Kansas foster children are still sleeping in offices years after promises that would end
Foster agencies have spent years trying to prevent children from sleeping in offices and bouncing between foster homes, but the problems continue.
TOPEKA, Kansas — Foster children still regularly sleep in offices instead of homes despite the Kansas Department for Children and Families settling a lawsuit by agreeing to end the practice.
In one case, an autistic child spent a month in an office because no foster home was available.
The state was sued four years ago because advocates said children were moving from homes or offices so often it made them effectively homeless. Some children bounced from offices to different foster homes as many as 100 times.
As part of a settlement with Kansas Appleseed, Children’s Rights and The National Center for Youth Law, DCF agreed to make a range of changes to bring more stability to the lives of foster children — kids who are ostensibly being rescued from chaotic lives.
For starters, the state promised to stop placing children in offices unless there were “extraordinary circumstances.” Yet some children have nowhere to go because they refuse to get out of a car or “simply leave the facility through the front door.” The biggest barrier in placing, the agency says, is a shortage of foster homes that cater to children’s “extensive medical, mental health and behavioral needs.”
The lawsuit settlement said “a lack of safe and/or appropriate placement options does not constitute Extraordinary Circumstances.”
DCF said 79 children spent 214 total nights in offices from January 2021 through May 2022. In 2021 alone, 53 children spent 167 total days in an office, said Teresa Woody of Kansas Appleseed. Children catching COVID or being removed from a home late at night could count as extraordinary reasons, but the department doesn’t know how often those two things happened nor did it say what foster care company failed to place the most children.
Kansas’ foster system is run by a handful of private contractors who handle placement, case management and all other aspects of the system. No other state privatizes foster care as much. Woody said DCF needs to keep a closer eye on those companies.
“Having a decentralized, privatized system does not help that situation at all,” she said. “The state just has things that are out of their hands (and) are out of sight out of mind.”
Fewer children are sleeping in offices than a few years ago. The Associated Press reported in 2019 that more than 70 children slept in an office between January and May of that year. It reported that foster care contractors had four children stay overnight in January and February, 12 in March, 35 in April and 16 in the first 11 days of May.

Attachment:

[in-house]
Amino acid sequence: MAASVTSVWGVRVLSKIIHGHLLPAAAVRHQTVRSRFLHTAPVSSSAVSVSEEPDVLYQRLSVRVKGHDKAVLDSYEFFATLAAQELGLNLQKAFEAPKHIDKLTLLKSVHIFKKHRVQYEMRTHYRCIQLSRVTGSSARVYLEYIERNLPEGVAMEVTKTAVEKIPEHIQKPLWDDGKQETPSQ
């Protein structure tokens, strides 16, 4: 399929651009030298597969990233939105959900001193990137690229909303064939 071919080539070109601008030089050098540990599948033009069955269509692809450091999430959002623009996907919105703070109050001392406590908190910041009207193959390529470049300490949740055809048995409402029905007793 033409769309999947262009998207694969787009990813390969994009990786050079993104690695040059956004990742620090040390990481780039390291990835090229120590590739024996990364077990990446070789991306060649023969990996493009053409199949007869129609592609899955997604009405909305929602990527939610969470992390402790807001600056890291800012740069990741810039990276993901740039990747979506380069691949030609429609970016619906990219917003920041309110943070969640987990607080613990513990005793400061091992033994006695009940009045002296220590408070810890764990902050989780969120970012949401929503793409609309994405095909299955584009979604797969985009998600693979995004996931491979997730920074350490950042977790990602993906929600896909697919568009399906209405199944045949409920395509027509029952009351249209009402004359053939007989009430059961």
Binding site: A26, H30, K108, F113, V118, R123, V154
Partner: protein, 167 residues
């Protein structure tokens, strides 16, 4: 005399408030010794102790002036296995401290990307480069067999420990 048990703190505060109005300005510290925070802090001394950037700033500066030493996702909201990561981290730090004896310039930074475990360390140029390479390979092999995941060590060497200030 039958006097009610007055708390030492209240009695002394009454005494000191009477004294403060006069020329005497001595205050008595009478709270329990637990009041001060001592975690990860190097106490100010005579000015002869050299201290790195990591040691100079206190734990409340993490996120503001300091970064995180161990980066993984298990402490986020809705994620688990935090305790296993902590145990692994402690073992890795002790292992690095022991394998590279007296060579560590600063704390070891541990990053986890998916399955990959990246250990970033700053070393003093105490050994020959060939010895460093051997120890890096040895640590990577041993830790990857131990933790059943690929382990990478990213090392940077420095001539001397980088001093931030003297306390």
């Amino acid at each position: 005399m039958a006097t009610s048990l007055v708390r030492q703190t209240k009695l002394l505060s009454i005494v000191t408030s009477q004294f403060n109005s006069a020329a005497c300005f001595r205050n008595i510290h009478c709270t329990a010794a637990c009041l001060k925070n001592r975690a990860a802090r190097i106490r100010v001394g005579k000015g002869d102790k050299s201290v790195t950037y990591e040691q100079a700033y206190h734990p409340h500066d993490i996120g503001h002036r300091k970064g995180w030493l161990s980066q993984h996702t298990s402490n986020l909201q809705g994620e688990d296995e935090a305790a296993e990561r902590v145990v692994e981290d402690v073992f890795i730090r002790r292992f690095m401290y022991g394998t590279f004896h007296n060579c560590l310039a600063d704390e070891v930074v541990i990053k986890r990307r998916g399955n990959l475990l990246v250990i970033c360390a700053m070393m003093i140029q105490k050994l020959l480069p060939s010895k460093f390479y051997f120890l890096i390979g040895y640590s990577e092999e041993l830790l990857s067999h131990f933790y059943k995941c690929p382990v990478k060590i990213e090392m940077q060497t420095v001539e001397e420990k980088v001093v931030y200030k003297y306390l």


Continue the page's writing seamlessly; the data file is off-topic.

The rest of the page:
DCF said it has stronger youth engagement, more services for high-needs children and more partnerships to help with “emergency overnight traumatic disruptions.”
The agency said after children sleep in offices, members of DCF staff meet within 48 hours to understand gaps in service and discuss what other assistance is needed. In those meetings, the staff goes over the issues with the placement and explores what can be improved for the next time. They also work to find family and understand what type of placement the child wants.
Woody said DCF has made some improvements, but she is frustrated that children sleep in offices in the first place.
“It is better, but it’s not enough,” she said. “There have to be facilities for kids who have mental health problems. There have to be placements for them.”
Without adequate mental health treatment, those children may end up in detention facilities, like Cedric Lofton. Lofton was a foster teen who died in a detention center after he was restrained and pinned to the floor. Woody says children are placed in those facilities because beds aren’t available elsewhere.
DCF will soon roll out therapeutic foster homes that allow licensed foster families to take higher needs children. Caseworkers will check in daily during the early months of the new program, children will have therapists and the children’s families will be involved. Foster families would have a more collaborative role in the child’s treatment plan.
Tanya Keys, deputy secretary for programs and services at DCF, said even one home in an area will make a difference.
“We want to increase placement stability and increase options over time for youth,” Keys said. “It’s one of our tools that we would hope would reduce and ultimately eliminate the instances of failure to place.”
The news of children sleeping in offices comes a month before a progress report on the lawsuit settlement is published. An independent organization is reviewing key metrics of the lawsuit to see if DCF is actually making the improvements promised when the case was settled.
“We’re very anxious to get the report and to see what … is being done,” Woody said.
Blaise Mesa reports on criminal justice and social services for the Kansas News Service in Topeka. You can follow him on Twitter @Blaise_Mesa or email him at email@example.com.
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